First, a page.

French embassy’s initiative to make Indian cities more accessible to women, transgenders

The initiative of the Embassy of France to make public spaces in Indian cities more accessible to women and transgender people by engaging the masses in public art projects will be inaugurated on Monday evening.

The week-long initiative has been taken up through an exhibition titled “The City for All?”. The exhibition will be inaugurated at the Rangoli Metro Art Centre on M.G. Road in Bengaluru. Bonjour India’s initiative ‘The City for All?’ is an artistic, cultural, educational, and social initiative by the French Embassy, its cultural service Institut Francais en Inde, the Alliances Francaises in India and the consulates of France.

At the inauguration, visitors will discover novel solutions that can make public spaces more accessible to women and transgender people. Also, at the inauguration, visitors will enjoy a live performance by the talented musician group Gopal Navale Music and go on a curated walk with artist and architect Swati Janu.

Five days before the exhibition, a pin-up map of the city had travelled across six Bengaluru neighbourhoods. The chosen neighbourhoods are diverse to allow people from different backgrounds to partake in an activity. People were asked where they like to go with family and friends. They had pink pins on these locations on the map.

Participants are asked questions like: Who are our cities designed for?, Who has the right to leisure in their cities? How can women and transgender people feel welcome, comfortable, and secure in public spaces? What barriers do transgender people encounter when they try to occupy public spaces? How can access to public spaces be increased for people of all ages, genders, sexual preferences, classes, and abilities? And what is needed, in their opinion, to compose an ideal public space?

On April 29 and 30, the maps used in this project will be exhibited along with dialogues and stories that emerged from each neighbourhood.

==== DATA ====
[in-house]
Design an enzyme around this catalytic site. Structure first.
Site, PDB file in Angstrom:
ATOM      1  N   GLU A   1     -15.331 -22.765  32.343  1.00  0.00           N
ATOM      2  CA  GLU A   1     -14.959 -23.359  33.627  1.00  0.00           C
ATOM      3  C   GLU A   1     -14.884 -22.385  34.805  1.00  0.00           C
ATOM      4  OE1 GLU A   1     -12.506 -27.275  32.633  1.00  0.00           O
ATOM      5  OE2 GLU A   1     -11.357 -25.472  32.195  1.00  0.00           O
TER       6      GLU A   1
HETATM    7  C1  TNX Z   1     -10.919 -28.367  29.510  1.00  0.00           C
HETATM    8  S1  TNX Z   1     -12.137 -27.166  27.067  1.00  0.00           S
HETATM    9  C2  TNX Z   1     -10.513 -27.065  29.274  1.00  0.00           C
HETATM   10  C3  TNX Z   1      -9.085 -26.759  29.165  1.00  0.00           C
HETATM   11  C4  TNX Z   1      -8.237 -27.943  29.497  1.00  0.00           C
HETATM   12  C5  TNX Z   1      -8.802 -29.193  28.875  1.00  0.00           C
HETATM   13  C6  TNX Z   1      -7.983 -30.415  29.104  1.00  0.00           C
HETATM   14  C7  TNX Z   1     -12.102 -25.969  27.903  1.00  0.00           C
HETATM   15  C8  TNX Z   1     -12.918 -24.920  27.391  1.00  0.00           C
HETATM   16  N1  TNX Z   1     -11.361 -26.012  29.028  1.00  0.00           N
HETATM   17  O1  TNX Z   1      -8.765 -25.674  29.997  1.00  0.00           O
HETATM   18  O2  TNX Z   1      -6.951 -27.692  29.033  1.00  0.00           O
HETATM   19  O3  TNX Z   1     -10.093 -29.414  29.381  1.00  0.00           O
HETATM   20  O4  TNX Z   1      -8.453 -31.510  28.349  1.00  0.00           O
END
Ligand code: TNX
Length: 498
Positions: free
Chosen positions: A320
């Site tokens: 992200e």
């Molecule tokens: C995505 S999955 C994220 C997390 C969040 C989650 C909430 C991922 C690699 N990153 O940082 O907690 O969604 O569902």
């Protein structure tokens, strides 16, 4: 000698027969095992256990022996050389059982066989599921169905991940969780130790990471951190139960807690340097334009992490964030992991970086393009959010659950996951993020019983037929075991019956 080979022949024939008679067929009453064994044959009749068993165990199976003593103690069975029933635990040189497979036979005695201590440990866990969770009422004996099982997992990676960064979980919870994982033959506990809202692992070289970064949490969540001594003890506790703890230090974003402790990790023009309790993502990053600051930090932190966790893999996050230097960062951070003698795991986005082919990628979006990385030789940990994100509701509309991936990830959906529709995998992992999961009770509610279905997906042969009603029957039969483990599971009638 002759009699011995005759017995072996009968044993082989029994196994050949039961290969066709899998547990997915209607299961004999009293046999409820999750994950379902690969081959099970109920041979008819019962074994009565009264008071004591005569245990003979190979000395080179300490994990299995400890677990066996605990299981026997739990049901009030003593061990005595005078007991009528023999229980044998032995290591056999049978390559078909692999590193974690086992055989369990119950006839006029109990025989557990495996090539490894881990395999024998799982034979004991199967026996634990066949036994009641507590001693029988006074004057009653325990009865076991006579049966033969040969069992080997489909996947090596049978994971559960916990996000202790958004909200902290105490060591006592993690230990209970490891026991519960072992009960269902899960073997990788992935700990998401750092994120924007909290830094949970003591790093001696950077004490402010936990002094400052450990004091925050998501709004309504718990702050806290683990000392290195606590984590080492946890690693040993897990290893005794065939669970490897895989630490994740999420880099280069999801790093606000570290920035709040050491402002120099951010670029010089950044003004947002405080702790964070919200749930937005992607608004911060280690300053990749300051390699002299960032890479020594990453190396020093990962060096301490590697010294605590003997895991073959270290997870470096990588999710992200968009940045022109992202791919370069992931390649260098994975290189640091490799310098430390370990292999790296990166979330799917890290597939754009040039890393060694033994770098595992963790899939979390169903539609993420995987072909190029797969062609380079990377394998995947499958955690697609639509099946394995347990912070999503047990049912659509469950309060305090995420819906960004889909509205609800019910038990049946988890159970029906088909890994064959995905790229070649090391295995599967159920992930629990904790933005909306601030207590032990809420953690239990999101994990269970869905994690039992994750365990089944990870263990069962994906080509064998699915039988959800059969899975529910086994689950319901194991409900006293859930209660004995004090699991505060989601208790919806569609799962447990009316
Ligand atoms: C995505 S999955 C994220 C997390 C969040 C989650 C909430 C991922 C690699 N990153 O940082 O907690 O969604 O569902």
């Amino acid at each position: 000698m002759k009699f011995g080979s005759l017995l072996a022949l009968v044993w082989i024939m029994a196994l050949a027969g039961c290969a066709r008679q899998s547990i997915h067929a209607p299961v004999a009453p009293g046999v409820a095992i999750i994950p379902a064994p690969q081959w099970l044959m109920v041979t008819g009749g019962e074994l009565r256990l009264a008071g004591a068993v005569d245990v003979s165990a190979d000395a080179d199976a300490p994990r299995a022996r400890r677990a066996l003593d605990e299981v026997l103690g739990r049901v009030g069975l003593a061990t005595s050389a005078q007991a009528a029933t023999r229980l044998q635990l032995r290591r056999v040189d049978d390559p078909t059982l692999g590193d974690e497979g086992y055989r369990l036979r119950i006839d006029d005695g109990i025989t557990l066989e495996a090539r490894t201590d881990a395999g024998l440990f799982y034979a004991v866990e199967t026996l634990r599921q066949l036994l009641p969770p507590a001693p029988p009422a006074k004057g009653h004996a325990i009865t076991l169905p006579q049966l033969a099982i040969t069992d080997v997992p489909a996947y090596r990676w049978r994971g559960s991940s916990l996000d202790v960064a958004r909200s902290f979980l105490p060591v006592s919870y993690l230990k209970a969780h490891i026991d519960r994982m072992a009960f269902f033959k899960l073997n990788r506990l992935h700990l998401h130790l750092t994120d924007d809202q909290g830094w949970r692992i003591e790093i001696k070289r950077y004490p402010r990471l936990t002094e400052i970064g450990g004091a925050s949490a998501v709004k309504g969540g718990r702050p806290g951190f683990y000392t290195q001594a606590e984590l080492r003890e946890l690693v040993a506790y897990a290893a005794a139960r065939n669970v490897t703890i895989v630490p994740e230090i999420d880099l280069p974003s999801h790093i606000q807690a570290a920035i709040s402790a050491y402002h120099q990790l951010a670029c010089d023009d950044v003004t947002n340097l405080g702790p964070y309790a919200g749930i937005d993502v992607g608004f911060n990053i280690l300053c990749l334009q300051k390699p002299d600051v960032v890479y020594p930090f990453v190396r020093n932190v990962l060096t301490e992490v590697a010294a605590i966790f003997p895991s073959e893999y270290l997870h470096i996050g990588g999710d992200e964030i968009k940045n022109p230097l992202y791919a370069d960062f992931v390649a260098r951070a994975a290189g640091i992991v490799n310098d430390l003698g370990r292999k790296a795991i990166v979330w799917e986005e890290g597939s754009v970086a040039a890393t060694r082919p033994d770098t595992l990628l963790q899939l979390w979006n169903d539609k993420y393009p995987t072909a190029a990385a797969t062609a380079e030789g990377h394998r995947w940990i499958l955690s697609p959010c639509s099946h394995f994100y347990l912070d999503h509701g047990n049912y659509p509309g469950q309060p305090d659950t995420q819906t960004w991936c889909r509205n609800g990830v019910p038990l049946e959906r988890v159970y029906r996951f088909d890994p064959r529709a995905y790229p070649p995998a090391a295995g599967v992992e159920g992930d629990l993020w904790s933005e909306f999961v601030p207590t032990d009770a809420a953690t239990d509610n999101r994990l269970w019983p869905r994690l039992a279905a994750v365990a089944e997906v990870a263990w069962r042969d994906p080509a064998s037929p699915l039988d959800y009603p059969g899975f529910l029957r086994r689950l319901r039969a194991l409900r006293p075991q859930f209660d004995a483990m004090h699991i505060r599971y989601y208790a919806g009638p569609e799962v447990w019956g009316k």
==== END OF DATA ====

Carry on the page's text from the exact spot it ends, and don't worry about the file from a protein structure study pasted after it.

As a result, more discussions around public spaces and how to make them more accessible to this vulnerable lot, will take place. Also, at the exhibition, there will be a photo booth that would display popular local and French landmarks in the background where visitors can click lifelike selfies.

The Consul General of France, Thierry Berthelot stressed that “France is a beautiful example of restructuring and revamping cities keeping in mind the criteria that fall under sustainable, innovative urban infrastructure. I take this opportunity to underline that France has come forward to partner India in the smart cities project in different cities across the country.”

“In Bengaluru, with the support of the French Agency for Development, we are working on an urban mass transportation system like the metro as well as having worked on initial zoning, mapping and analysis that fall under urban planning. France worked on the city’s urban planning, always with a keen eye on accessibility of public spaces to all,” he said.

Architect and artist Swati Janu stated: “Cities across the world have largely been designed by fully grown, able bodied, cis-heterosexual men. Hence, women and transgender people must navigate urban worlds that were never created with their needs in mind. We need to look more closely at urban landscapes and figure out how they can be thoughtfully designed, considering the concerns, comfort, safety and representation of women, non-binary and transgender people.”

“The City for All?” has so far travelled to Jaipur, Chandigarh, Ahmedabad and Pune and will be showcased in Delhi on May 7 and 8. At the end of the exhibit, it will travel to Lyon, France.




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